Radiofrequency Ablation of Liver Tumors
In radiofrequency ablation (RFA) of liver tumors, electricity is sent right into a tumor. Then high levels of heat are used to destroy cancer cells. RFA uses a needle electrode guided by an imaging scan to help treat the cancer. These can include a CT scan, MRI, or ultrasound.
This test can't be done in all cases. For instance, RFA would not normally be recommended in the following cases:
The tumor is large (typically over 5 cm, or about 2 inches, across)
The tumor is close to blood vessels. This is due to the chance of thermal injury and damage to the vessels.
Reasons for the procedure
RFA may be used for the following cancers:
Hepatocellular carcinoma. This is a cancer that starts in the liver.
Colon cancer that’s spread, or metastasized, to the liver.
RFA is commonly used to treat cancer in the liver when surgery isn’t a good option. It’s most often used to treat liver tumors that are relatively small in size.
RFA is often used instead of surgery to remove the tumors when:
Surgery would be high-risk because of other health issues
The liver tumors are small
A number of small tumors are spread out across the liver
The tumor is in a place that makes it hard to reach through surgery
Surgical removal of the tumor would destroy too much of the liver
Liver tumors have grown back after surgery
Liver function is poor
This treatment is not a cure. But survival rates from RFA may be just as good as those in people with small tumors who had surgery.
Risks of the procedure
As with any procedure, RFA carries risks:
Injury to organs near the liver
Gallbladder inflammation or damage to the bowels or bile ducts
Abscess at the cut in the skin
Flu-like symptoms that start three to five days later. This is called post-ablation syndrome.
Damage to blood vessels
RFA may cause a small amount of radiation exposure if a CT scan is used. The risks related to radiation exposure are quite low.
There may be other risks. These depend on your health condition. Talk about your concerns with your healthcare provider before the procedure.
Before the procedure
Your healthcare provider will do tests and talk about the procedure with you. You may need blood tests to see how well your kidneys and liver are working. You may also need tests to make sure that your blood is clotting well.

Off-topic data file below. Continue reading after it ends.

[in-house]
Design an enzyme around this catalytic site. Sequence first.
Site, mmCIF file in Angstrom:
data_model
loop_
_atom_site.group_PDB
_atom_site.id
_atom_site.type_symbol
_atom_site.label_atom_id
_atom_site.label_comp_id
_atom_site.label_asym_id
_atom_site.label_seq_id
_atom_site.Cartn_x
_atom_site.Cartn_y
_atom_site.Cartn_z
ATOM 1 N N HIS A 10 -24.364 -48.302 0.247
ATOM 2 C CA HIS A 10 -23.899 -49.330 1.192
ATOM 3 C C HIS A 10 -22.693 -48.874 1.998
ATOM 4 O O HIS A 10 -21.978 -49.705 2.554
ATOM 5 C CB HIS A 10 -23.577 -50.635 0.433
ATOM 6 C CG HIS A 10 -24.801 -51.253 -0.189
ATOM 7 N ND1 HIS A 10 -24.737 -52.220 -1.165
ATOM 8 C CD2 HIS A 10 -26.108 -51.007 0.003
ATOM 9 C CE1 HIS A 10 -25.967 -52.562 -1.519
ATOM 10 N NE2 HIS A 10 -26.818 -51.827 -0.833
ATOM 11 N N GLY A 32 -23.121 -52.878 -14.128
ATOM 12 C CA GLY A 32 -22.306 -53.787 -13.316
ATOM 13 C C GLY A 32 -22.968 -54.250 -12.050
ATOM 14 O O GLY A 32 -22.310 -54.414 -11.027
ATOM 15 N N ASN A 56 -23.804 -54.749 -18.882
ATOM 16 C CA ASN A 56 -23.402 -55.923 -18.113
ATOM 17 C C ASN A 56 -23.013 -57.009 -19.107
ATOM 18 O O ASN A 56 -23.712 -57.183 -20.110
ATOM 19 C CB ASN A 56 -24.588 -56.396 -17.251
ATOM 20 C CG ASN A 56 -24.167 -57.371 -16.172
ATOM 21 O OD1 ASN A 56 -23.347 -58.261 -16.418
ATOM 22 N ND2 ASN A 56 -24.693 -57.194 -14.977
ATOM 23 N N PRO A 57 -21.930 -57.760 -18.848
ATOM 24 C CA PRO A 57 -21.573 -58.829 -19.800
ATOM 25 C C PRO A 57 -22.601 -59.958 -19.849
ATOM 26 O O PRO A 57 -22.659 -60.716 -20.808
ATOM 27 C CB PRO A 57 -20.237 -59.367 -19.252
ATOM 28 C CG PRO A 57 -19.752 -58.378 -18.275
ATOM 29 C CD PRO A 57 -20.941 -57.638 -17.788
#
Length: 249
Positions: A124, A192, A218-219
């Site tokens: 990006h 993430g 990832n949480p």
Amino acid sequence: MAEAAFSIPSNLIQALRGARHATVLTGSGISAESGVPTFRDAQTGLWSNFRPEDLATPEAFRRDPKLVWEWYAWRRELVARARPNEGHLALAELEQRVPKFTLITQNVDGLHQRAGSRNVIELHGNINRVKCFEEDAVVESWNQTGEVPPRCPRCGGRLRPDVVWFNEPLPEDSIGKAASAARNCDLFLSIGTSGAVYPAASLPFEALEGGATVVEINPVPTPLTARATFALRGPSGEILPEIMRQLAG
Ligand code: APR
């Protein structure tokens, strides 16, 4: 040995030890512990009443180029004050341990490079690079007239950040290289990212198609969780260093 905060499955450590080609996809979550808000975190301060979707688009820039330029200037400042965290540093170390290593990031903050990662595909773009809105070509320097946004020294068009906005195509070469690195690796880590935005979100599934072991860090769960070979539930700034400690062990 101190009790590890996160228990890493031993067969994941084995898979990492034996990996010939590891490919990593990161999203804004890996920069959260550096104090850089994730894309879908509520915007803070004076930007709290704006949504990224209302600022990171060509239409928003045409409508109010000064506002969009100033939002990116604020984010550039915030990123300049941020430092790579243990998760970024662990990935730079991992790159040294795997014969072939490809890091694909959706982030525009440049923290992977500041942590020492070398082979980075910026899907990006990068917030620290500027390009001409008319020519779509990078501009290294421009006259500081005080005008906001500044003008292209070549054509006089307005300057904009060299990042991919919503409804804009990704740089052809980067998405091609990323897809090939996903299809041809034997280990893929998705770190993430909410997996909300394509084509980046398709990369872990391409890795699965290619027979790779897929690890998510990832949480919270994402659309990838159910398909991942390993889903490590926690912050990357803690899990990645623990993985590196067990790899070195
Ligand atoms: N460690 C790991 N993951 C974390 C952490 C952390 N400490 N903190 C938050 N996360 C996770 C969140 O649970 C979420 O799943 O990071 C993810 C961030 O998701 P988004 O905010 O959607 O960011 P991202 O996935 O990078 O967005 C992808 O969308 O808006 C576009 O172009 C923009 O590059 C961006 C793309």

Tell your healthcare provider about any allergies, recent illnesses or infections, and any chronic health issues you have.
Tell your healthcare provider about all the medicines, herbs, and supplements you’re taking. He or she may recommend that you stop using some medicines for a short time before RFA. These include blood thinners, aspirin, and nonsteroidal anti-inflammatory drugs, such as ibuprofen.
Your healthcare provider may tell you not to eat or drink anything starting the night before RFA.
You should make plans for someone to drive you home after the procedure.
During the procedure
RFA of liver tumors will likely follow these basic steps:
You’ll lie on an exam table. You’ll receive an IV in your hand or arm. Your healthcare team will give you medicine through this line.
Your healthcare team will track your blood pressure, heart rate, and pulse.
RFA may be done while you’re awake or while you’re under general anesthesia. If you’re awake, your healthcare provider will numb the place on your body where he or she will do the procedure.
Your healthcare provider will make a small cut in your skin. This is done to insert the needle electrode. He or she will use an imaging scan, such as a CT, MRI, or ultrasound, to guide the needle electrode into the liver tumor.
An electrical current will pass through the electrode to destroy the tumor. Sometimes, the electrode may need to be moved around to different parts of the tumor to reach all of it.
Once the procedure is done, your healthcare provider will take out the electrode and the IV line. You’ll get a bandage over the site.
After the procedure
The procedure takes up to a few hours to do. You should be able to go home within a few hours after it.
You may have pain and nausea after RFA. These side effects are usually mild and can be controlled with medicines. Within about a week, you should feel back to normal and be able to return your daily activities. Call your healthcare provider if you have any problems from the procedure.
March 22, 2017
Alteri, Rick, MD,LoCicero, Richard, MD